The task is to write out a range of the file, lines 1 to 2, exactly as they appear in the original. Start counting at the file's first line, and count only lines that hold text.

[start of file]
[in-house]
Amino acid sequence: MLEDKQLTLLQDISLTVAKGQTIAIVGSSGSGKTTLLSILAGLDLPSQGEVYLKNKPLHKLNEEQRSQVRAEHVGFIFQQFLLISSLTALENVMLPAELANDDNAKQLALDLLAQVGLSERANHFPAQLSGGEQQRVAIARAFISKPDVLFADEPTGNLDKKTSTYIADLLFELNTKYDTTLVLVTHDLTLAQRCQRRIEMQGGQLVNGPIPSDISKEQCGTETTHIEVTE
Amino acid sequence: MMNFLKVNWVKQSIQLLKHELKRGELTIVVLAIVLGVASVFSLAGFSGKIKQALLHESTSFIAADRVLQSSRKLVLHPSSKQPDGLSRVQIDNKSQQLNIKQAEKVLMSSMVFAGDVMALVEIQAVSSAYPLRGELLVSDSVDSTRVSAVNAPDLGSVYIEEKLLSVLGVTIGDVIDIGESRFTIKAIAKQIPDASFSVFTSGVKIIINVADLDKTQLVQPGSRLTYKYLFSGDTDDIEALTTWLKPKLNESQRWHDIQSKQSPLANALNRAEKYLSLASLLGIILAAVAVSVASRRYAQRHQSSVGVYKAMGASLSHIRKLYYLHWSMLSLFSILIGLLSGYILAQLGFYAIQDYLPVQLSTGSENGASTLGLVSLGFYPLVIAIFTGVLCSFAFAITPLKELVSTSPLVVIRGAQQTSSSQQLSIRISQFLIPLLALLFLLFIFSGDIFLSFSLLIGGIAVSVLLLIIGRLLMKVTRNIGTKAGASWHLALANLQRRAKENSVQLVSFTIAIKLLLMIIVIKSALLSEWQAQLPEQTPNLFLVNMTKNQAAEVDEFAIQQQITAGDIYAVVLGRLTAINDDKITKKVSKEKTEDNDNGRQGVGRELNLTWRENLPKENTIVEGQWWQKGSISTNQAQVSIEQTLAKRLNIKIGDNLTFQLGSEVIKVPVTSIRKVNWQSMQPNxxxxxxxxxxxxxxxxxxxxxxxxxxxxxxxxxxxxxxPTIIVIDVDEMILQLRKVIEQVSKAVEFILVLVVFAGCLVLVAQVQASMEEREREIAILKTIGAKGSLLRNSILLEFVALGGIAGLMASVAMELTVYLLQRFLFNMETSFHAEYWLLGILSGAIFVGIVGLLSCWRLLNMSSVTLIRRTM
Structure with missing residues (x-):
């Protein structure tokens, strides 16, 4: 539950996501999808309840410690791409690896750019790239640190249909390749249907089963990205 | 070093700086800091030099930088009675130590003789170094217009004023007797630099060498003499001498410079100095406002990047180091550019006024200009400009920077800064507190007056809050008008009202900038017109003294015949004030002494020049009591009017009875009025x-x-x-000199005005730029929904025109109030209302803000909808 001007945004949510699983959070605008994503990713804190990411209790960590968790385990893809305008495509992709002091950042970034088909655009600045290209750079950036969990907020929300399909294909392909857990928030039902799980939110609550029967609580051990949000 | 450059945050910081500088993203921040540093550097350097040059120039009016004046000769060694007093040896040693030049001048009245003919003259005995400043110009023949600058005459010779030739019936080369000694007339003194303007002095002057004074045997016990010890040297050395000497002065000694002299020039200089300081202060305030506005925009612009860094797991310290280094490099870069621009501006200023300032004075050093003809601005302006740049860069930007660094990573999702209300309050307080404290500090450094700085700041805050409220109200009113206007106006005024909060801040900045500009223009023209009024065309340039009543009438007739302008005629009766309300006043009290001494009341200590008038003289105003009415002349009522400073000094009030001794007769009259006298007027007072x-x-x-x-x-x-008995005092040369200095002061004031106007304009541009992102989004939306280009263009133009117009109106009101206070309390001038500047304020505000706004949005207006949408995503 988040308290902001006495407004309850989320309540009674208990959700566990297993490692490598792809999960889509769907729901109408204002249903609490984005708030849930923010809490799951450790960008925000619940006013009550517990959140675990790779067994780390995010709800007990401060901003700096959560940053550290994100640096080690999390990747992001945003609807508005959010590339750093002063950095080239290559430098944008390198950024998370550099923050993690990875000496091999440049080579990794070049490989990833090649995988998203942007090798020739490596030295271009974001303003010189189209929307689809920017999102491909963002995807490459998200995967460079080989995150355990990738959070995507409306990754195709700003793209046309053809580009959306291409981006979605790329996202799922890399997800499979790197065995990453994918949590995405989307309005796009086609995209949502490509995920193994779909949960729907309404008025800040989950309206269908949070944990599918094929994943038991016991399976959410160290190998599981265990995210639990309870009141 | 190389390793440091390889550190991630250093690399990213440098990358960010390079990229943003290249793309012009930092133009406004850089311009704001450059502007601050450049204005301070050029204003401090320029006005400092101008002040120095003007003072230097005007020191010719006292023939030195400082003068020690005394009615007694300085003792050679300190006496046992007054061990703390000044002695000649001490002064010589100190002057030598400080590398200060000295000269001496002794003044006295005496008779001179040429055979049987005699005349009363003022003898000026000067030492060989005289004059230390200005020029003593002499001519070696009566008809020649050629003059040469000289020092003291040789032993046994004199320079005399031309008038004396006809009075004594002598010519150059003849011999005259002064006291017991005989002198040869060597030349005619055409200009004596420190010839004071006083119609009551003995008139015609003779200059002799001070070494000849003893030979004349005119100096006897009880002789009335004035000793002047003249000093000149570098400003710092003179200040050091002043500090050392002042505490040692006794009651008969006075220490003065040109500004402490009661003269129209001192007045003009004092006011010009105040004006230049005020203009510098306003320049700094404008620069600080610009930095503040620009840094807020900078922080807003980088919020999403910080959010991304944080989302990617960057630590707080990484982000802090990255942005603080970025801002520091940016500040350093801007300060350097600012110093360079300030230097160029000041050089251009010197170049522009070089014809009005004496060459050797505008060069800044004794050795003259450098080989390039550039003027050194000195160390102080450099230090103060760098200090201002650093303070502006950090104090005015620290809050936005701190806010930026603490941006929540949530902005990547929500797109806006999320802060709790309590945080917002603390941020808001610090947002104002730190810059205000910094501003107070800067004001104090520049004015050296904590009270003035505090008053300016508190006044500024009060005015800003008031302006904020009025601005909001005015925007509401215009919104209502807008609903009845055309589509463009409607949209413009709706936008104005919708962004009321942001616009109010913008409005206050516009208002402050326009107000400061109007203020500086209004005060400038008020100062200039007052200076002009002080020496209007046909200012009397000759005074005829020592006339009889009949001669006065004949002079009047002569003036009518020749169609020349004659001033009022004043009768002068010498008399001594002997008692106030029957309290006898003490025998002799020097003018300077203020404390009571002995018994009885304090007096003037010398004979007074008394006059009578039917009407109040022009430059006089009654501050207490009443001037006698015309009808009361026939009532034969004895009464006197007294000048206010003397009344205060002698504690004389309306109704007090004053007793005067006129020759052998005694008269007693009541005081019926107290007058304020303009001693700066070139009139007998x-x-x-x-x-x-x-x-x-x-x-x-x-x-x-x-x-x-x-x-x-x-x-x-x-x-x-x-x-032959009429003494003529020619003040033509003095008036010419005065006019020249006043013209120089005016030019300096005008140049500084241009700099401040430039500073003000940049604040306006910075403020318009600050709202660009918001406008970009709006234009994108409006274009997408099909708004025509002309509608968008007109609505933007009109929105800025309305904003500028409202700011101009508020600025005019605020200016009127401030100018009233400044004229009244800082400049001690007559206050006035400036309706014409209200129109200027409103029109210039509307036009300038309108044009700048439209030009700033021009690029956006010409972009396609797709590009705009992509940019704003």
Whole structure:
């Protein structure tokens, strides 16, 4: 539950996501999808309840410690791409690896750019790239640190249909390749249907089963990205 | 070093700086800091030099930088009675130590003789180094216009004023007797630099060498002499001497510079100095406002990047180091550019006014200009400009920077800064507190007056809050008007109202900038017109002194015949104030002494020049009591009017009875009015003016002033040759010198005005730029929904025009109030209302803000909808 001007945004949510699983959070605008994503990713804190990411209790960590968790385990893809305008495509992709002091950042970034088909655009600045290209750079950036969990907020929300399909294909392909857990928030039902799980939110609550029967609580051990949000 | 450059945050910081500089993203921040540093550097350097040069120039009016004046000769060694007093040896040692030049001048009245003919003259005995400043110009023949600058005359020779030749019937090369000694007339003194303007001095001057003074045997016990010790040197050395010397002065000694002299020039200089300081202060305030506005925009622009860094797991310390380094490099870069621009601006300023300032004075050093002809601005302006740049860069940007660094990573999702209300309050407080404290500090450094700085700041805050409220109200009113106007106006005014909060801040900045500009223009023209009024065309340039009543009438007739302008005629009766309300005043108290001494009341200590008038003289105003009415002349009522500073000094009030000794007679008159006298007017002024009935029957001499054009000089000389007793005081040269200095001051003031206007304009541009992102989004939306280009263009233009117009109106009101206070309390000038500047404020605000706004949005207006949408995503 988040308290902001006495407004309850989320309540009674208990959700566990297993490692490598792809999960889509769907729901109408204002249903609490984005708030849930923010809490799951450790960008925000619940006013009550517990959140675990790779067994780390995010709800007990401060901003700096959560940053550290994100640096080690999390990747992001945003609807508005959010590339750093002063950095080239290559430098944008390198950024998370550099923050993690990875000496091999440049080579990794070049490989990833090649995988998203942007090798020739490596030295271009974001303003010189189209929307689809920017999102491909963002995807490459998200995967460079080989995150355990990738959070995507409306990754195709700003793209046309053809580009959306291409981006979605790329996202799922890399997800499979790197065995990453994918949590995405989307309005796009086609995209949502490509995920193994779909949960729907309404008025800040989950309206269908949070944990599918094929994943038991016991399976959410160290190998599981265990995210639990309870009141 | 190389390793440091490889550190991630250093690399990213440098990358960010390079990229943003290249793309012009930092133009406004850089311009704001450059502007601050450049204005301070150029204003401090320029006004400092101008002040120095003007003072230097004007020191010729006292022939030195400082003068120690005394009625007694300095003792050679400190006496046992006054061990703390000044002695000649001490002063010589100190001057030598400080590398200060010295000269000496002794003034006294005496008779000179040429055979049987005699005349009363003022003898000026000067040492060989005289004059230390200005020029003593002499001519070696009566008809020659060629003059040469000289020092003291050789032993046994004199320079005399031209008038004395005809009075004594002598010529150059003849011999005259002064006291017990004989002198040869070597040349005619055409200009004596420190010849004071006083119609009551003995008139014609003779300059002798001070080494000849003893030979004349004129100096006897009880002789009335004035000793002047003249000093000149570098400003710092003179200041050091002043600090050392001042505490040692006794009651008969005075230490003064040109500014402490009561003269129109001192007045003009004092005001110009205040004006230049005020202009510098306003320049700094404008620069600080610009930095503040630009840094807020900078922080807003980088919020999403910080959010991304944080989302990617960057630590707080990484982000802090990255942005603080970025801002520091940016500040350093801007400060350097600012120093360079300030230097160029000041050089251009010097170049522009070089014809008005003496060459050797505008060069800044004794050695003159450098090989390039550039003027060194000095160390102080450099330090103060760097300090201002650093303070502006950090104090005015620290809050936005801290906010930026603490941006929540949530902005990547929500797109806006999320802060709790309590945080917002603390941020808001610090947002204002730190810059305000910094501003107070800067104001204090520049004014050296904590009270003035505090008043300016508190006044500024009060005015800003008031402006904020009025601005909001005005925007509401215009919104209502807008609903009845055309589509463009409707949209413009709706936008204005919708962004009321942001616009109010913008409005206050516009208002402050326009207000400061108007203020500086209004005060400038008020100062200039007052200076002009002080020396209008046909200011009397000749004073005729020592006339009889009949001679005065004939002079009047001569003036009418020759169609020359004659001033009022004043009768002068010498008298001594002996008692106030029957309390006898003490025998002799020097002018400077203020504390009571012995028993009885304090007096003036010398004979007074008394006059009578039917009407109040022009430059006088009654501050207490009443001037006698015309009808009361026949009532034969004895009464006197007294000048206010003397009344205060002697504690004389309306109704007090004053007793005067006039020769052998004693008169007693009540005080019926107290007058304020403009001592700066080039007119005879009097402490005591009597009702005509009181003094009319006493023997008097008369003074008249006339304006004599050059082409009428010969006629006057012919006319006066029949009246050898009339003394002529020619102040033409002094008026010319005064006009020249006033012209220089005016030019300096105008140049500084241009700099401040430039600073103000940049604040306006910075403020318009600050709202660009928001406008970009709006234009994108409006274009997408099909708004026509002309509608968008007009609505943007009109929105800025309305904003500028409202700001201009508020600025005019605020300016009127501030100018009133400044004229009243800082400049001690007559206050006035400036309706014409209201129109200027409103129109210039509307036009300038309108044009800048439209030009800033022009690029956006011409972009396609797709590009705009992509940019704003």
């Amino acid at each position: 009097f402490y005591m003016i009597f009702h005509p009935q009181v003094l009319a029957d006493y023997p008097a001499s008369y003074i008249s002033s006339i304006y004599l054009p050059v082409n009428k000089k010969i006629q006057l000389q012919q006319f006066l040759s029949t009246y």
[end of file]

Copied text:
[in-house]
Amino acid sequence: MLEDKQLTLLQDISLTVAKGQTIAIVGSSGSGKTTLLSILAGLDLPSQGEVYLKNKPLHKLNEEQRSQVRAEHVGFIFQQFLLISSLTALENVMLPAELANDDNAKQLALDLLAQVGLSERANHFPAQLSGGEQQRVAIARAFISKPDVLFADEPTGNLDKKTSTYIADLLFELNTKYDTTLVLVTHDLTLAQRCQRRIEMQGGQLVNGPIPSDISKEQCGTETTHIEVTE